Get better soon and enjoy your grandkids' company again.

    Thanks, Robert.

  48. The musky smell of 'sneak', Erin burning on the fire. I'm comforted that you know it well, too. And it's so hard to find the balance between one's own needs and those of beloved others.

    Thanks, Erin.

  49. I agree with you that people are like onions with many layers. The outside layer is what we see when we meet people for the first time. Before judging a person we have to see what the inner layers are like.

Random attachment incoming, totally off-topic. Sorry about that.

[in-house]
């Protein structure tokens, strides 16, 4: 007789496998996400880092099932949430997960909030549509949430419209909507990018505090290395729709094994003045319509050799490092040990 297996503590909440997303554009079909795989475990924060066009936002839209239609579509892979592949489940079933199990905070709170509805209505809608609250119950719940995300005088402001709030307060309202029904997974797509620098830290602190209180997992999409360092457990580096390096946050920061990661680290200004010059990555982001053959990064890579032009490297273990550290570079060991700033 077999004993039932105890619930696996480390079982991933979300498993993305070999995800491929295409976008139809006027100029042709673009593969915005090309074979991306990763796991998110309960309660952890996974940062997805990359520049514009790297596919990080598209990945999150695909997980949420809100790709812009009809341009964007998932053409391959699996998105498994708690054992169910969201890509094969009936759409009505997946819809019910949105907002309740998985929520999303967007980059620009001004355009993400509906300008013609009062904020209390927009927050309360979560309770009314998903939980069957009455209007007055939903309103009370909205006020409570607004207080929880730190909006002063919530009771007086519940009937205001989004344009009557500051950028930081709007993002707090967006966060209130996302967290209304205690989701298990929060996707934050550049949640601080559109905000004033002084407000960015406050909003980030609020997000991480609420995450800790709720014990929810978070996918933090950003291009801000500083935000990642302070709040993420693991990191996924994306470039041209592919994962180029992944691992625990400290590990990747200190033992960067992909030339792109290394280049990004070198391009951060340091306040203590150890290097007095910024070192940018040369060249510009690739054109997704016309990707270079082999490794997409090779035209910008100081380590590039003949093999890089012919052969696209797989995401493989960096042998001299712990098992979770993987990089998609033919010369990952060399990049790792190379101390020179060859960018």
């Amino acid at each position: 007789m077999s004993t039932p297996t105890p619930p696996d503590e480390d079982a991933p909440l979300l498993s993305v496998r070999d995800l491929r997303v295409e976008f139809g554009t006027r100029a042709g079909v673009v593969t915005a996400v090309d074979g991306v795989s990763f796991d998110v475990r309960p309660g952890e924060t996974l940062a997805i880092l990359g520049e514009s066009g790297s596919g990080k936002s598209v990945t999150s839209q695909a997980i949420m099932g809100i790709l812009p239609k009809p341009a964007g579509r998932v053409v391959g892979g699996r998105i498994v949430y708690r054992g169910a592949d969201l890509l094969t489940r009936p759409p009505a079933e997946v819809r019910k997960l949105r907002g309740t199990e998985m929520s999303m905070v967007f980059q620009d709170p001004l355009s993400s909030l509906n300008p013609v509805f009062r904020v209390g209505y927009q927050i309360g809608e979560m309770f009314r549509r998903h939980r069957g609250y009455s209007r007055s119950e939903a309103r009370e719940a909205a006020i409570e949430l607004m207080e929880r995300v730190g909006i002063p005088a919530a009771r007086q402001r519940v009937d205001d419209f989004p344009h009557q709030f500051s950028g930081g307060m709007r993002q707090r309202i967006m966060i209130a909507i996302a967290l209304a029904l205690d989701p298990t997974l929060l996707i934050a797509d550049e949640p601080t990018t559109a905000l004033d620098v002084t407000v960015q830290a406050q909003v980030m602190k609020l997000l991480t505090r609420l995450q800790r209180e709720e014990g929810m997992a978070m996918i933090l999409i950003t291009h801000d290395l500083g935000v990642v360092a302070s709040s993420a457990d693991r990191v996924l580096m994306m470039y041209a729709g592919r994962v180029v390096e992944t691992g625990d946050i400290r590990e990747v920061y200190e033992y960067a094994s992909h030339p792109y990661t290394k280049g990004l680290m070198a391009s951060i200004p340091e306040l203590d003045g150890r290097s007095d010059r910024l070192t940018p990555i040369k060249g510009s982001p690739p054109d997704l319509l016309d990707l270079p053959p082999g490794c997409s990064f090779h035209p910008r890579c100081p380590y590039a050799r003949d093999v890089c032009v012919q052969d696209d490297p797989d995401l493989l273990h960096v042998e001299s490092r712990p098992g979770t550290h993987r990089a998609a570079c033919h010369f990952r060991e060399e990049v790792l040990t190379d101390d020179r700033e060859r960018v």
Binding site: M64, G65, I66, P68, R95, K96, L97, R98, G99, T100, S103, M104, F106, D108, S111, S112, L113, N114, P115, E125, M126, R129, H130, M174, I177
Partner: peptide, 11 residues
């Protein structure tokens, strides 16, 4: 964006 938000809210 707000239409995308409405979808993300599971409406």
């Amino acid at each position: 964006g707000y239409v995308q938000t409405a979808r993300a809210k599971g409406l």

Thanks for your visit. Yes Gouda cheese is lovely. My Australian family think so too!

  50. I agree it's one of the best things in the world, Little Sprite, that early morning writing with a first cup of coffee or tea or whatever else you might take.


  51. I'm delighted to be your number forty, Little sprite. That's a good number, in more ways than one.

    I wish I were that age again, or come to think of it, do I?